Students and faculty spilled out of a packed Multicultural Center last Wednesday, where the Office of Multicultural Student Life hosted “Free Speech & Our Campus Community,” the latest installment in its “Lunch & Learn” series. The one-hour event was part lunch — attendees were encouraged to fill their plates with tacos, chips and salsa — part lecture and part group discussion on the topic of free speech on the University of Maine campus.
Director of the Office of Multicultural Student Life Silvestre Guzmán established from the beginning that the event wasn’t supposed to be a debate but rather an opportunity to help educate students on the legality of offensive speech, specifically as it applies to minorities on campus.
The featured speaker was Director of Community Standards David Fiacco, who opened by encouraging everyone to read the Constitution. The issue of free speech versus hate speech is rooted in the First Amendment, which grants freedom of speech but does not specify any further. Fiacco said that universities are supposed to be places where different opinions and ideas are discussed, not quieted. Because UMaine is a public university, people are free to gather, debate or protest on campus.
However, some restrictions apply, such as making loud noise in the middle of the night, disturbing the flow of traffic, or using sound amplification devices such as microphones or megaphones that disrupt classes, all of which could warrant university or police action.
Two members of the Orono Police Department (OPD), Officer Travis Morse and Chief of Police Josh Ewing, attended the event of their own volition in an effort to bridge the divide between police and students, especially students who are members of marginalized communities.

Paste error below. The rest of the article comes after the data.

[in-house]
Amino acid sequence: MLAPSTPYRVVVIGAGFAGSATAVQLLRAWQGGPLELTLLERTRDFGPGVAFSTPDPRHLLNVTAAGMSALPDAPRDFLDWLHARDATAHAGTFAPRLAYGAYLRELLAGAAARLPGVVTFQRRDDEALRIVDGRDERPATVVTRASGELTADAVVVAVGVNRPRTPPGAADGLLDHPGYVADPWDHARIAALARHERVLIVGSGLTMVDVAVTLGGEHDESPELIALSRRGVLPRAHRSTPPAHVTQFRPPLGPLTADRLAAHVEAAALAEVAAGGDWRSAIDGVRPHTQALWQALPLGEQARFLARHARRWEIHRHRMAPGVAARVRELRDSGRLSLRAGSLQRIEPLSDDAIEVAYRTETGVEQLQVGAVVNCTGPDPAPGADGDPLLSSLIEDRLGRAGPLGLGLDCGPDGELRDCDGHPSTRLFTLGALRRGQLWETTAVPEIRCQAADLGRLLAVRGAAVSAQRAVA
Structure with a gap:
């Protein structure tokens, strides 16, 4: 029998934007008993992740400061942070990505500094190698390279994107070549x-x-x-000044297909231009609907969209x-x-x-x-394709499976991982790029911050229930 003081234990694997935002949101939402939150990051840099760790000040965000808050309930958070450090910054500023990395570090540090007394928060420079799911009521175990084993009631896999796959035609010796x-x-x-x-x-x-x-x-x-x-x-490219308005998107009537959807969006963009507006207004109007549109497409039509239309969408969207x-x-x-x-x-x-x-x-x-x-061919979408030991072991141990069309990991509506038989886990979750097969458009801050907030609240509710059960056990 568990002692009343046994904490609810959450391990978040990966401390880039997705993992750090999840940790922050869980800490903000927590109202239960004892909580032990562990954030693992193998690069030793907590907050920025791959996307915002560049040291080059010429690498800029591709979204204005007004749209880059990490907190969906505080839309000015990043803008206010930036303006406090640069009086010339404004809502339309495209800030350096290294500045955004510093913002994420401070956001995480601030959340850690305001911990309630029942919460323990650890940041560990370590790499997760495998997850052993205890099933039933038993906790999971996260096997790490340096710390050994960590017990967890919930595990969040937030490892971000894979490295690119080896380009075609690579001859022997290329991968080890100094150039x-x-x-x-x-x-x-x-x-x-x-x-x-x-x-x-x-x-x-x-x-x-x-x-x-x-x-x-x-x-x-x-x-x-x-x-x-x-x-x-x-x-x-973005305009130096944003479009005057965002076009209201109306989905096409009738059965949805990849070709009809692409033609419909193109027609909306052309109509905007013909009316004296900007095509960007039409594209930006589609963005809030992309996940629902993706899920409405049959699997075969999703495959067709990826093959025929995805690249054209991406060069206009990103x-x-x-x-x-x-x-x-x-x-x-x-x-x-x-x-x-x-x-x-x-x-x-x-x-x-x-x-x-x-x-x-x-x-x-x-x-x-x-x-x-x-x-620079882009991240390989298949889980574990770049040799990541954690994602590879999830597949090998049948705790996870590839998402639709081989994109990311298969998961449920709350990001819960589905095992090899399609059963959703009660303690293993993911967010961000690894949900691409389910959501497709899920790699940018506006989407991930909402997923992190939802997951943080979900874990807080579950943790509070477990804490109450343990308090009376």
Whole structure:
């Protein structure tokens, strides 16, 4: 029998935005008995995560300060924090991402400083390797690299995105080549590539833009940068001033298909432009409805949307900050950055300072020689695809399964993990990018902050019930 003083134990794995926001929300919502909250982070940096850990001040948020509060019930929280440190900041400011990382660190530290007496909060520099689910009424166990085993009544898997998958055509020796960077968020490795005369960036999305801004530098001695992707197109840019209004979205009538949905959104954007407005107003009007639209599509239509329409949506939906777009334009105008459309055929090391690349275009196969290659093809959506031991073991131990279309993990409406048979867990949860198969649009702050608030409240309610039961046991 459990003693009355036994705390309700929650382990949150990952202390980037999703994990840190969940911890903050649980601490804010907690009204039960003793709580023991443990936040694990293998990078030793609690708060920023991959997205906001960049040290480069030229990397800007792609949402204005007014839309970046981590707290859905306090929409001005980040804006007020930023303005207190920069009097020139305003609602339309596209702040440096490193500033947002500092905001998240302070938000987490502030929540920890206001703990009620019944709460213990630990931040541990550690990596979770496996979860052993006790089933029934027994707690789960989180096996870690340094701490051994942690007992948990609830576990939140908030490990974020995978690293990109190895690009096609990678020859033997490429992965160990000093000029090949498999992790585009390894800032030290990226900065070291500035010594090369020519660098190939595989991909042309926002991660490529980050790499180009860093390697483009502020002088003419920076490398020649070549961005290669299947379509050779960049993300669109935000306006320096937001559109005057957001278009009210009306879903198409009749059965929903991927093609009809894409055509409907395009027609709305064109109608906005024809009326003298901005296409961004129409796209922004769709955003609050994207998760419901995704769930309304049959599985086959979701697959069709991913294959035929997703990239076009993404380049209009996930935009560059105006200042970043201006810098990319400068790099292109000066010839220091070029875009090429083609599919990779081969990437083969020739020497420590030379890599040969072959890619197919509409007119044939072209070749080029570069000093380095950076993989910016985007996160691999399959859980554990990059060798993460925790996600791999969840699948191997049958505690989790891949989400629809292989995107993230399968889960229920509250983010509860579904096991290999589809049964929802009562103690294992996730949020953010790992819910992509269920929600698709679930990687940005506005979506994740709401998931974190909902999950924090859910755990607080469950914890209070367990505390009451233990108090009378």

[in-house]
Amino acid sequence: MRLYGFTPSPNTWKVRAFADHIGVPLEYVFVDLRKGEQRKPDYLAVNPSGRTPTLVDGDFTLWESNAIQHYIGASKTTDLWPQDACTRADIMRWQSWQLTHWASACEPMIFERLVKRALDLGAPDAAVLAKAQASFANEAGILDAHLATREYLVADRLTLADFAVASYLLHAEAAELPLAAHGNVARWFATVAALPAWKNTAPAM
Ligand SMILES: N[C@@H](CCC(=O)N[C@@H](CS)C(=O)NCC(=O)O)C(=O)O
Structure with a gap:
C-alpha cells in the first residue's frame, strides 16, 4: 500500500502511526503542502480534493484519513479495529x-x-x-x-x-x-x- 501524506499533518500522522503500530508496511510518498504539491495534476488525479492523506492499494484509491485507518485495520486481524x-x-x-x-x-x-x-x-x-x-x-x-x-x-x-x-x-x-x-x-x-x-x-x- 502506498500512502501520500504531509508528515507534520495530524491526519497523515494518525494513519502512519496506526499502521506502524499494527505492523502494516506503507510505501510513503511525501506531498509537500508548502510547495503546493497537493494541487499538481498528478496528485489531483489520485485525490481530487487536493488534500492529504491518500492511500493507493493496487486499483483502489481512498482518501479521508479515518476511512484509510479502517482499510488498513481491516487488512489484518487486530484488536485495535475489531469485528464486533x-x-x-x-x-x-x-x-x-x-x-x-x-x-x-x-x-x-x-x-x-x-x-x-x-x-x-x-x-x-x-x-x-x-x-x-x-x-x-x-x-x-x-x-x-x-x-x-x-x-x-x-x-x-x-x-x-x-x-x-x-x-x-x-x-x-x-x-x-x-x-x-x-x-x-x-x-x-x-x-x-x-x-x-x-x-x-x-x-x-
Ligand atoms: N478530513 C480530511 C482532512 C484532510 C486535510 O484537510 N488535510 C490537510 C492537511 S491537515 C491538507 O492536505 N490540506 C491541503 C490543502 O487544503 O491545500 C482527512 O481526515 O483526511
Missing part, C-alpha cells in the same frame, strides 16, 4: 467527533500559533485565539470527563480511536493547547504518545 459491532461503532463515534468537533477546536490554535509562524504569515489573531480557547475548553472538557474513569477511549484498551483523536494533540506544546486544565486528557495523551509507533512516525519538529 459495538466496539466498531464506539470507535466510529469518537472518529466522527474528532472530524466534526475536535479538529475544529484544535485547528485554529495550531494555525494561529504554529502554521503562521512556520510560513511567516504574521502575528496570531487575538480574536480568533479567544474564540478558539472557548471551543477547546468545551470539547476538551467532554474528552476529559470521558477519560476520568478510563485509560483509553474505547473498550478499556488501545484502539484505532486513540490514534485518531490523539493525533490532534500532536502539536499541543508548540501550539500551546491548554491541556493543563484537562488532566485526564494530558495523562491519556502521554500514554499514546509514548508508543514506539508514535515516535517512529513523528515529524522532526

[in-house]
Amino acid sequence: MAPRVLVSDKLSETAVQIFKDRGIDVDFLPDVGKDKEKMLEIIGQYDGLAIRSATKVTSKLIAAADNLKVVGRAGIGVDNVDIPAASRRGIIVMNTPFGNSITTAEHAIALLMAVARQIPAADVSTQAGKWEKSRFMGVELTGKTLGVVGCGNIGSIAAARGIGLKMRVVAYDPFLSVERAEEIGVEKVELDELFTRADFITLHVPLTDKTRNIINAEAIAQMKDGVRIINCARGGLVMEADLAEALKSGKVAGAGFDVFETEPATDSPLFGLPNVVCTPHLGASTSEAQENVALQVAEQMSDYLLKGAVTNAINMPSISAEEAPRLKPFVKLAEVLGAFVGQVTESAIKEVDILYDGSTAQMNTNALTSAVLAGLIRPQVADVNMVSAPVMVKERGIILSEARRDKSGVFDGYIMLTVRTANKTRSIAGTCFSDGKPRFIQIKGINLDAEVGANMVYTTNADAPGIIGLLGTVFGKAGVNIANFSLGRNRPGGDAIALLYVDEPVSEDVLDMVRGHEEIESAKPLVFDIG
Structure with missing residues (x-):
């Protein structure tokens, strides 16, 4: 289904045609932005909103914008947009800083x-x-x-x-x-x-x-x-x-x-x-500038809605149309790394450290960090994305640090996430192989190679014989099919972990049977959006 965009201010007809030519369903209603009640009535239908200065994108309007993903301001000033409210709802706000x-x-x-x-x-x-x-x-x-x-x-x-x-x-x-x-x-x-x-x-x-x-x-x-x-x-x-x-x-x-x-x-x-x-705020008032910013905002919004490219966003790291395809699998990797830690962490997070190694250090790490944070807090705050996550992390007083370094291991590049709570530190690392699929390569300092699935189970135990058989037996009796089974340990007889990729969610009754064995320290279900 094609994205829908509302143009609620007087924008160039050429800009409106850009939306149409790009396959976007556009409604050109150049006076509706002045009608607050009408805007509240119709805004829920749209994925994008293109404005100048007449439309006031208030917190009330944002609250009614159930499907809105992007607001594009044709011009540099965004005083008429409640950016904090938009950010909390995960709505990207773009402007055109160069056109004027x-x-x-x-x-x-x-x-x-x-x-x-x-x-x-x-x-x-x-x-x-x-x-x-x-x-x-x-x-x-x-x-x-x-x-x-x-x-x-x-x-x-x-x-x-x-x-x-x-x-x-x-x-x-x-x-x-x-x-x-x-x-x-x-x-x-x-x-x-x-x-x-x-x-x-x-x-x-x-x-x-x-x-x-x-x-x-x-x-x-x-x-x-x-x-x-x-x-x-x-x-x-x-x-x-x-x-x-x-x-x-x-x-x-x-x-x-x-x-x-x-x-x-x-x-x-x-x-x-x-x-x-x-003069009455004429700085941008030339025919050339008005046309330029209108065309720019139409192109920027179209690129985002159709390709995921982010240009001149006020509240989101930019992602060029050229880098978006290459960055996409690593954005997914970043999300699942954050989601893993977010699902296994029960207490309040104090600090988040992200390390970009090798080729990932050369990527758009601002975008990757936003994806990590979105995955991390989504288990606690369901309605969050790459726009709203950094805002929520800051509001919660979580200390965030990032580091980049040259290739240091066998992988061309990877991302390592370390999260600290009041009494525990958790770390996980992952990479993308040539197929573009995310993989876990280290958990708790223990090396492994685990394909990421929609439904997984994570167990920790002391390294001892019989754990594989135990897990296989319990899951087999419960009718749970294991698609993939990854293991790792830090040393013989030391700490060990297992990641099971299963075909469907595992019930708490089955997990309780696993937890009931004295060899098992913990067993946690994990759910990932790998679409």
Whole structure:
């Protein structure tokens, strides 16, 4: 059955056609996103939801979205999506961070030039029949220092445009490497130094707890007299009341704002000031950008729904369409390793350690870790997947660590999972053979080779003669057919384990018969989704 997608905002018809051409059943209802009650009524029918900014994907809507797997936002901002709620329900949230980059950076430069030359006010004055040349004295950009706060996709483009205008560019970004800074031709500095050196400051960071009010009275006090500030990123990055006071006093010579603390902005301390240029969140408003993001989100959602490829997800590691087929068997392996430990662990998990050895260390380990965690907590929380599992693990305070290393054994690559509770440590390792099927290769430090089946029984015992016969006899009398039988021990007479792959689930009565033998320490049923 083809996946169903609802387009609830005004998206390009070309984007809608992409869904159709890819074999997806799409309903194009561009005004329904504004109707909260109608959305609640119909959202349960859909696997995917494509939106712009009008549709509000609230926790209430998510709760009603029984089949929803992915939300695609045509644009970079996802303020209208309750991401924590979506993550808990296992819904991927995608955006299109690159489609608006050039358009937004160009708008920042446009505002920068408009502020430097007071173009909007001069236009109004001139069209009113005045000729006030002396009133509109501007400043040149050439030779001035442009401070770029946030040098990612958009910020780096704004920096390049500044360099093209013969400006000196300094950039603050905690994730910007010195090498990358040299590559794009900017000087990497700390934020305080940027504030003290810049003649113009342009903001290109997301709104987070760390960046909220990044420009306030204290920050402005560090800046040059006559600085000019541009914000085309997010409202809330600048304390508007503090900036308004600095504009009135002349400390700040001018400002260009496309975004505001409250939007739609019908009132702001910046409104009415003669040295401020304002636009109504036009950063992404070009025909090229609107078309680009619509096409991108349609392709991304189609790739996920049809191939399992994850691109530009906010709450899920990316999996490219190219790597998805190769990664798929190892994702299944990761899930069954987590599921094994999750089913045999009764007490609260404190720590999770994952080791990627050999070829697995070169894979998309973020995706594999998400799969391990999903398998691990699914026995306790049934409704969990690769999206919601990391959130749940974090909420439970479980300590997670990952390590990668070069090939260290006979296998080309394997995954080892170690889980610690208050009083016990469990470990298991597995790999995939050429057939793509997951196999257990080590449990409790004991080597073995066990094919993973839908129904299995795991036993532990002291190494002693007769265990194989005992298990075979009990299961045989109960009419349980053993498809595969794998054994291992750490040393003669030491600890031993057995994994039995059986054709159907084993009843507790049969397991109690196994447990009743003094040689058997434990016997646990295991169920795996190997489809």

“A lot of people don’t have a great relationship with the police, and we want them to know that they can come to us and get results,” said Chief Ewins. “We want people to see us as a resource.”
UMaine cannot bar someone from speaking on campus based on their political views, and has an obligation to ensure safe events for any guest speaker. Controversial speakers who may spark a strong reaction require extra security, which can cost the university tens of thousands of dollars. The financial burden may prevent UMaine from hosting these speakers, but the school cannot place restrictions based on content.
The pop-up panel organized by the Rising Tide Center and the Women’s Gender and Sexuality Studies program earlier this month addressed the same issues discussed at this event. At the panel, students and faculty explored the difference between free speech and accepted speech, and whether people should be allowed to use hate speech on campus where paying students can be negatively impacted.
At the “Free Speech & Our Campus Community” event, Fiacco established that speech is no longer protected when it incites violence, which brings up another complex issue: what constitutes violence? Some define it as a physical altercation, while others see it more broadly, including emotional violence. Officially, these issues are handled on a case-by-case basis, because “different words impact different people in individual ways,” according to Fiacco.
These blurry definitions make it difficult for anyone to reach a consensus on what should be protected speech. Because of that lack of clarity, members of the UMaine community will continue having these conversations and working towards solutions.